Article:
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Scand J Caring Sci. 2017 Dec;31(4):779-788. doi: 10.1111/scs.12397. Epub 2017 Mar 9.

Experiences and needs of spouses of persons with young-onset frontotemporal lobe dementia during the progression of the disease.

Author information

1
Vestfold Hospital Trust, Norwegian National Advisory Unit on Ageing and Health, Tønsberg, Norway.
2
Department of Public Health and General Practice, Faculty of Medicine, Norwegian University of Science and Technology (NTNU), Trondheim, Norway.
3
St. Olav's University Hospital, Trondheim, Norway.
4
Norwegian Social Research (NOVA), University College of Oslo and Akershus, Oslo, Norway.

Abstract

BACKGROUND:

Two of the most common types of young-onset dementia (<65 years old) are Alzheimer's disease and frontotemporal lobe dementia (FTLD). A limited amount of research that focuses on the needs of spouses of persons with young-onset FTLD (yo-FTLD) has been published. Thus, we have carried out a study aiming to examine the spouses of yo-FTLD experiences and needs for assistance in daily life.

METHOD:

Qualitative interviews with 16 informants (aged 51-69 years; nine wives, six husbands and one male cohabitant) were conducted in 2014 and 2015. The data were analysed by reformulated and modified method of Grounded Theory.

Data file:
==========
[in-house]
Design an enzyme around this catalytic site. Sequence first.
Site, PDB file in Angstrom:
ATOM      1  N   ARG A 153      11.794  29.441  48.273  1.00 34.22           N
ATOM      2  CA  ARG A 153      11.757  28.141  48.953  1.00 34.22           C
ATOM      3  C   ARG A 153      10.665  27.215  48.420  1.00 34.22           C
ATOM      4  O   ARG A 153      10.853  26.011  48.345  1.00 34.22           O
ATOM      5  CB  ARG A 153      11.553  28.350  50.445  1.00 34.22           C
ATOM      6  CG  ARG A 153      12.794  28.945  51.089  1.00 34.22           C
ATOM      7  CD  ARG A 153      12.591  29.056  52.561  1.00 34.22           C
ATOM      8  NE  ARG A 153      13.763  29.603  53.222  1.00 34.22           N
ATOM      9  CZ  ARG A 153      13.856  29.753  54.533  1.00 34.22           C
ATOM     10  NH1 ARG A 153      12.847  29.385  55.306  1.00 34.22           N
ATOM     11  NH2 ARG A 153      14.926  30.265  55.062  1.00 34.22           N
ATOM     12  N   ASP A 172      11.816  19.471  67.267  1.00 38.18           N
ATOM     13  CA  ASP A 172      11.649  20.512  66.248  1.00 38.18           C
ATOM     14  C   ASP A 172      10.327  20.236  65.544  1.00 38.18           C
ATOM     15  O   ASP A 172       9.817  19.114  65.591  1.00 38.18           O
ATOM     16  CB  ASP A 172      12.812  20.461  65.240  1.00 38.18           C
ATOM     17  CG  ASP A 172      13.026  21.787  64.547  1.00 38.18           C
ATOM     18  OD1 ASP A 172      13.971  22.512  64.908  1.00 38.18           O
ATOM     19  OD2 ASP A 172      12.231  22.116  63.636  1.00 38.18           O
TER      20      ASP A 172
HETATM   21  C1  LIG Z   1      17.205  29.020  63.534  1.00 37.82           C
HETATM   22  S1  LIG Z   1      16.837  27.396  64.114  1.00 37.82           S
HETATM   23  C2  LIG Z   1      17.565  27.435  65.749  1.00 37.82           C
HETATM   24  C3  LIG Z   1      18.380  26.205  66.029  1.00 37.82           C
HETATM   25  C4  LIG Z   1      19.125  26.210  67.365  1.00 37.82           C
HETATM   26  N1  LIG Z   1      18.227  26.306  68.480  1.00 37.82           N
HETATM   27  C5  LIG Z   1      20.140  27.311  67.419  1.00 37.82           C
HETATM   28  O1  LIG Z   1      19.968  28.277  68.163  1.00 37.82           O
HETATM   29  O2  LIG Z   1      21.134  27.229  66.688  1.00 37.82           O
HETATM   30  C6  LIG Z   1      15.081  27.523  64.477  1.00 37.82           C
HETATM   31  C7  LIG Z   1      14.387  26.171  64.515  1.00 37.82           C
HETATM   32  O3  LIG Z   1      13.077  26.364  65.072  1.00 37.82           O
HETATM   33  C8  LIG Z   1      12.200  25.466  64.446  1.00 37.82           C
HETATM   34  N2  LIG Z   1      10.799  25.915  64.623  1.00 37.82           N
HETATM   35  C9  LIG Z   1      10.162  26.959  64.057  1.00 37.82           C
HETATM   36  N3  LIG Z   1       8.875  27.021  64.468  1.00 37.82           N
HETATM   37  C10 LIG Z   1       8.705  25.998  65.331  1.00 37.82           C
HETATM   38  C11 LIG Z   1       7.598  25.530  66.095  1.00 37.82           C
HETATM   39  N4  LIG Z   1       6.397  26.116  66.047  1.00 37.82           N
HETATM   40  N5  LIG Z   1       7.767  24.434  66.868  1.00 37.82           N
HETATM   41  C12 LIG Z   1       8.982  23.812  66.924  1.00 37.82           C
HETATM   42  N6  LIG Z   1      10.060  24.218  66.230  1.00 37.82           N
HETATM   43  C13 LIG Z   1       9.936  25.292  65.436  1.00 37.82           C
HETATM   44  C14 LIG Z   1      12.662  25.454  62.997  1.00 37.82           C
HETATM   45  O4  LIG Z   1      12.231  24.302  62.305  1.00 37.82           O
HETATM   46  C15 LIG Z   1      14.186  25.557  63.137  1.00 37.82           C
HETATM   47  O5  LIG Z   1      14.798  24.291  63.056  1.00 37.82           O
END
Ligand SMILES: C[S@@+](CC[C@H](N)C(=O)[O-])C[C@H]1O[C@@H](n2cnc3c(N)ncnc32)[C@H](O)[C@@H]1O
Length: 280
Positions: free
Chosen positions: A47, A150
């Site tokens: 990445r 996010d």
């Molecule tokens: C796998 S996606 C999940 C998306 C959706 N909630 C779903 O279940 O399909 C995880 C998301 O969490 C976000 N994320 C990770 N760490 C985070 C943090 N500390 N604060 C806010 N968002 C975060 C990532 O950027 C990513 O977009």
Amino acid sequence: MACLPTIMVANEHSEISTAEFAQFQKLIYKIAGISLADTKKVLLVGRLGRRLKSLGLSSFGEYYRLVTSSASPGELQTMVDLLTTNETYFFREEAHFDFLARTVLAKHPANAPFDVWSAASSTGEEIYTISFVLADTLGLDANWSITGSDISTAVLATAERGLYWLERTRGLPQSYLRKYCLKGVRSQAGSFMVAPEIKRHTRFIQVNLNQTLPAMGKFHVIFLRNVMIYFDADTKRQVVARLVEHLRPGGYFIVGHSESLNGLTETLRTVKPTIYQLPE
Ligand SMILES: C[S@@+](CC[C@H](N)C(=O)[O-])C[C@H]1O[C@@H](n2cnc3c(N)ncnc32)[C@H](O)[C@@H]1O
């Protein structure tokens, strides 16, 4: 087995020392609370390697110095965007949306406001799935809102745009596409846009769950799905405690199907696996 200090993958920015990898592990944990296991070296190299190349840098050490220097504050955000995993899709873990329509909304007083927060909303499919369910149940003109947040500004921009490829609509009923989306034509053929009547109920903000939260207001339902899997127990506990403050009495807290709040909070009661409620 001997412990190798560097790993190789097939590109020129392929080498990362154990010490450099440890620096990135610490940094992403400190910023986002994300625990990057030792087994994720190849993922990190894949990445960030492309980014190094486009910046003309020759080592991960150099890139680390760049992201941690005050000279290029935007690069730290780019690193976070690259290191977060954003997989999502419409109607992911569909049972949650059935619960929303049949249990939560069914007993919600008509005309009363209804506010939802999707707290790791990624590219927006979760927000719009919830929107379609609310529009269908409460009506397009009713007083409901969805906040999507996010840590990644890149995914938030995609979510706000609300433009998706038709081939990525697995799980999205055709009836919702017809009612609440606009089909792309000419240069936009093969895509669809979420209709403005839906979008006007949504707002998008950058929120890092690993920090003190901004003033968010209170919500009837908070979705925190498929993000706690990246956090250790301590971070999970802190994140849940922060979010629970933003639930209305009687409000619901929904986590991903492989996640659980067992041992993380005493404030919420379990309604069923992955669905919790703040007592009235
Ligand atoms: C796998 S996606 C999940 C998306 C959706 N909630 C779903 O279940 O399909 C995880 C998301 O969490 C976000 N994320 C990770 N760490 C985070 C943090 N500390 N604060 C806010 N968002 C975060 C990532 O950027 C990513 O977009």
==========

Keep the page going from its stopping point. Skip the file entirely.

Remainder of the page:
FINDINGS:

From the interviews, three main themes with subthemes emerged: The first main theme that appeared is sneaking signs at the early stage of dementia. It covers two subthemes: incomprehensible early signs and lack of self-insight. The second main theme that appeared is other relations, and it covers three subthemes: the torment, interference with work and vanishing social relations. The third main theme: needs for assistance through all stages of dementia, are described under three subthemes: Relief of the diagnosis, support at home and the path to the nursing home.

CONCLUSION:

The interviews showed that spouses and the whole family of yo-FTLD need interdisciplinary, individualised and specialised support throughout the progression of the disorder. Furthermore, there is a need for more knowledge about yo-FTLD among health personnel, including general practitioners. IT-solutions can contribute to developing such services and support to the entire family.

KEYWORDS:

coping; early-onset dementia; experiences; frontotemporal lobe dementia; need; partners; qualitative study; services; support

PMID:
28276143
DOI:
10.1111/scs.12397
[Indexed for MEDLINE]

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